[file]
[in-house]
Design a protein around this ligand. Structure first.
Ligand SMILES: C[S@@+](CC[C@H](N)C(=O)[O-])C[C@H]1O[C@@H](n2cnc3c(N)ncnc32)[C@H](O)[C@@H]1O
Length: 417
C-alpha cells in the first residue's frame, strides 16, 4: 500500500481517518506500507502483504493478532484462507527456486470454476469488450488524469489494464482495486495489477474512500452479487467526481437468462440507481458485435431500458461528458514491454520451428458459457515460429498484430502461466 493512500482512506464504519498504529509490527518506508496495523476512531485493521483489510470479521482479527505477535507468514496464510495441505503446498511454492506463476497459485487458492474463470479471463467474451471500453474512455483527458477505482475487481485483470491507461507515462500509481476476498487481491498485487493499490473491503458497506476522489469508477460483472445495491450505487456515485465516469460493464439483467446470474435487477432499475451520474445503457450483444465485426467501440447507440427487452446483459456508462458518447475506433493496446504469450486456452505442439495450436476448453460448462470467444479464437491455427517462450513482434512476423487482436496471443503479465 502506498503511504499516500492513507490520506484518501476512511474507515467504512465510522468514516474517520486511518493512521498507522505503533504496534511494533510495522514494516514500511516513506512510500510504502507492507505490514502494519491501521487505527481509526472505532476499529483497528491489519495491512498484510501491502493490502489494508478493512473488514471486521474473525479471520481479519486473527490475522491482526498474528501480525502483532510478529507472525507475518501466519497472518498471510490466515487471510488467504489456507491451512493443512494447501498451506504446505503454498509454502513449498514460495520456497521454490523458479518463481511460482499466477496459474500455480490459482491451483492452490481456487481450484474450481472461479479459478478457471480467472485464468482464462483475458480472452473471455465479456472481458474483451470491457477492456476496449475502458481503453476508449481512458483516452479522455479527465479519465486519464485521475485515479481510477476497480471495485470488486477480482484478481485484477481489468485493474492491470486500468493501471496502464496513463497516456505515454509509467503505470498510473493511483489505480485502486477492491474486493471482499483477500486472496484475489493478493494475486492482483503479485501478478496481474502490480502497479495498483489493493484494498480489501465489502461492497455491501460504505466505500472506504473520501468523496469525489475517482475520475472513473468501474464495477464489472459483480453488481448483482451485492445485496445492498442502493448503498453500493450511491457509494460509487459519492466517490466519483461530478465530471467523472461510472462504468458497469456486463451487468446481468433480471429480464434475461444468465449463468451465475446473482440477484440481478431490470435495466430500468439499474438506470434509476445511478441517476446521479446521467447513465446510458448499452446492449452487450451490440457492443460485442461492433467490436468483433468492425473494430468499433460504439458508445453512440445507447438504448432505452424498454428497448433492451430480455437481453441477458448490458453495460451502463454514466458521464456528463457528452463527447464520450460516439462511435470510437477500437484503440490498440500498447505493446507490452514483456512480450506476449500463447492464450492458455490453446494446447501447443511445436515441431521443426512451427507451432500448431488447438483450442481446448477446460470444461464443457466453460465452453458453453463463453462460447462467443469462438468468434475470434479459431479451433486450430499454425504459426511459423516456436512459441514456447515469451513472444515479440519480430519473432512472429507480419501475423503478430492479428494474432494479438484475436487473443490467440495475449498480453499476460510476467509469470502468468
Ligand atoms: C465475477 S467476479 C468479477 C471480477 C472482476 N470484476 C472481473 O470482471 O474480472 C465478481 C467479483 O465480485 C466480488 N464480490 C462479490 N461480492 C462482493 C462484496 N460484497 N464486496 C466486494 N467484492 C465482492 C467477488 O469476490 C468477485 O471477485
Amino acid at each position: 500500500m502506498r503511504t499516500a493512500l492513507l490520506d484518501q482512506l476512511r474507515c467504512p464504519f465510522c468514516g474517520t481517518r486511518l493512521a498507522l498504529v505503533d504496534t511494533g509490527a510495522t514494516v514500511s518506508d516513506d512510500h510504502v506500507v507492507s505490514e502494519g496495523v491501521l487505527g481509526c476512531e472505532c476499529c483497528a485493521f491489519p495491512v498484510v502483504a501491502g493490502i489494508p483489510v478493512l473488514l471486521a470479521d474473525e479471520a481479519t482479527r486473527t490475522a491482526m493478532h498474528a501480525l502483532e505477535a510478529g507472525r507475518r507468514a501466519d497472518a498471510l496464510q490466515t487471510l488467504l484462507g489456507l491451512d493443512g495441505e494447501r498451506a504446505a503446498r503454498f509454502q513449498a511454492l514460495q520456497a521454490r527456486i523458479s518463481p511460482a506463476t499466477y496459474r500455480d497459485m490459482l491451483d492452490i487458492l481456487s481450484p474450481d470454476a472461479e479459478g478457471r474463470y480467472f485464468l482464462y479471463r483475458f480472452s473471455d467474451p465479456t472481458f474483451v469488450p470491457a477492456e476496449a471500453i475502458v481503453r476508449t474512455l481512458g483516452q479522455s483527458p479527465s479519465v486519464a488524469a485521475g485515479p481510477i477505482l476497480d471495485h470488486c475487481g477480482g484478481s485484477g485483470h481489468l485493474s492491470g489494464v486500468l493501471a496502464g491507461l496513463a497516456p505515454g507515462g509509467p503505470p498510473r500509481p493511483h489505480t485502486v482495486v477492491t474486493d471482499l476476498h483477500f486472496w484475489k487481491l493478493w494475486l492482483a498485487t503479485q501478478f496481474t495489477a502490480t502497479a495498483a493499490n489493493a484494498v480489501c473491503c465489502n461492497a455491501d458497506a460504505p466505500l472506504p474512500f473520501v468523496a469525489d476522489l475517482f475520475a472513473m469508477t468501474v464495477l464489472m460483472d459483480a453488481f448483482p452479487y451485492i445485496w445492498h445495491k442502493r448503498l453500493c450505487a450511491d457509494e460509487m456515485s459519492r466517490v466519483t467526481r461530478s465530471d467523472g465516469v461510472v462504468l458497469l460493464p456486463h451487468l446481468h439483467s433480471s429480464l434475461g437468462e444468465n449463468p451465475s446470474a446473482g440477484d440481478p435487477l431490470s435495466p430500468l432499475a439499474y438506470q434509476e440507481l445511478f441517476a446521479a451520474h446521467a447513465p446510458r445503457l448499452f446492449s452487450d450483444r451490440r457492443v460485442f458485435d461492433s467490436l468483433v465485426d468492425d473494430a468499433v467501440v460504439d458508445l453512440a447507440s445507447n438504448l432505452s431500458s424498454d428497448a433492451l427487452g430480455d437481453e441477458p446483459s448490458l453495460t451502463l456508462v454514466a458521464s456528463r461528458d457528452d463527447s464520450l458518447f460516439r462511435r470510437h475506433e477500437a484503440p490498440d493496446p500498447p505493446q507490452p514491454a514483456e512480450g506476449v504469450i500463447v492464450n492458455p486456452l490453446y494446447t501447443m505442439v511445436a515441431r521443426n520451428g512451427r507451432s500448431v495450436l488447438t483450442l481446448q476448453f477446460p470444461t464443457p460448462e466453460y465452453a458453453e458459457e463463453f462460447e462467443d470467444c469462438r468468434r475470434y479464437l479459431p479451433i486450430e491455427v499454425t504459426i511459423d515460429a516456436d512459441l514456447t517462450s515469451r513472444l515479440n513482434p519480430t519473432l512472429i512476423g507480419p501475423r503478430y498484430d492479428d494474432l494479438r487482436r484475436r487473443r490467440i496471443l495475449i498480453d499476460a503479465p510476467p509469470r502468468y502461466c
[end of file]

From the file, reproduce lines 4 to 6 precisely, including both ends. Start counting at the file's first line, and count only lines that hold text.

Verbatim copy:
Length: 417
C-alpha cells in the first residue's frame, strides 16, 4: 500500500481517518506500507502483504493478532484462507527456486470454476469488450488524469489494464482495486495489477474512500452479487467526481437468462440507481458485435431500458461528458514491454520451428458459457515460429498484430502461466 493512500482512506464504519498504529509490527518506508496495523476512531485493521483489510470479521482479527505477535507468514496464510495441505503446498511454492506463476497459485487458492474463470479471463467474451471500453474512455483527458477505482475487481485483470491507461507515462500509481476476498487481491498485487493499490473491503458497506476522489469508477460483472445495491450505487456515485465516469460493464439483467446470474435487477432499475451520474445503457450483444465485426467501440447507440427487452446483459456508462458518447475506433493496446504469450486456452505442439495450436476448453460448462470467444479464437491455427517462450513482434512476423487482436496471443503479465 502506498503511504499516500492513507490520506484518501476512511474507515467504512465510522468514516474517520486511518493512521498507522505503533504496534511494533510495522514494516514500511516513506512510500510504502507492507505490514502494519491501521487505527481509526472505532476499529483497528491489519495491512498484510501491502493490502489494508478493512473488514471486521474473525479471520481479519486473527490475522491482526498474528501480525502483532510478529507472525507475518501466519497472518498471510490466515487471510488467504489456507491451512493443512494447501498451506504446505503454498509454502513449498514460495520456497521454490523458479518463481511460482499466477496459474500455480490459482491451483492452490481456487481450484474450481472461479479459478478457471480467472485464468482464462483475458480472452473471455465479456472481458474483451470491457477492456476496449475502458481503453476508449481512458483516452479522455479527465479519465486519464485521475485515479481510477476497480471495485470488486477480482484478481485484477481489468485493474492491470486500468493501471496502464496513463497516456505515454509509467503505470498510473493511483489505480485502486477492491474486493471482499483477500486472496484475489493478493494475486492482483503479485501478478496481474502490480502497479495498483489493493484494498480489501465489502461492497455491501460504505466505500472506504473520501468523496469525489475517482475520475472513473468501474464495477464489472459483480453488481448483482451485492445485496445492498442502493448503498453500493450511491457509494460509487459519492466517490466519483461530478465530471467523472461510472462504468458497469456486463451487468446481468433480471429480464434475461444468465449463468451465475446473482440477484440481478431490470435495466430500468439499474438506470434509476445511478441517476446521479446521467447513465446510458448499452446492449452487450451490440457492443460485442461492433467490436468483433468492425473494430468499433460504439458508445453512440445507447438504448432505452424498454428497448433492451430480455437481453441477458448490458453495460451502463454514466458521464456528463457528452463527447464520450460516439462511435470510437477500437484503440490498440500498447505493446507490452514483456512480450506476449500463447492464450492458455490453446494446447501447443511445436515441431521443426512451427507451432500448431488447438483450442481446448477446460470444461464443457466453460465452453458453453463463453462460447462467443469462438468468434475470434479459431479451433486450430499454425504459426511459423516456436512459441514456447515469451513472444515479440519480430519473432512472429507480419501475423503478430492479428494474432494479438484475436487473443490467440495475449498480453499476460510476467509469470502468468
Ligand atoms: C465475477 S467476479 C468479477 C471480477 C472482476 N470484476 C472481473 O470482471 O474480472 C465478481 C467479483 O465480485 C466480488 N464480490 C462479490 N461480492 C462482493 C462484496 N460484497 N464486496 C466486494 N467484492 C465482492 C467477488 O469476490 C468477485 O471477485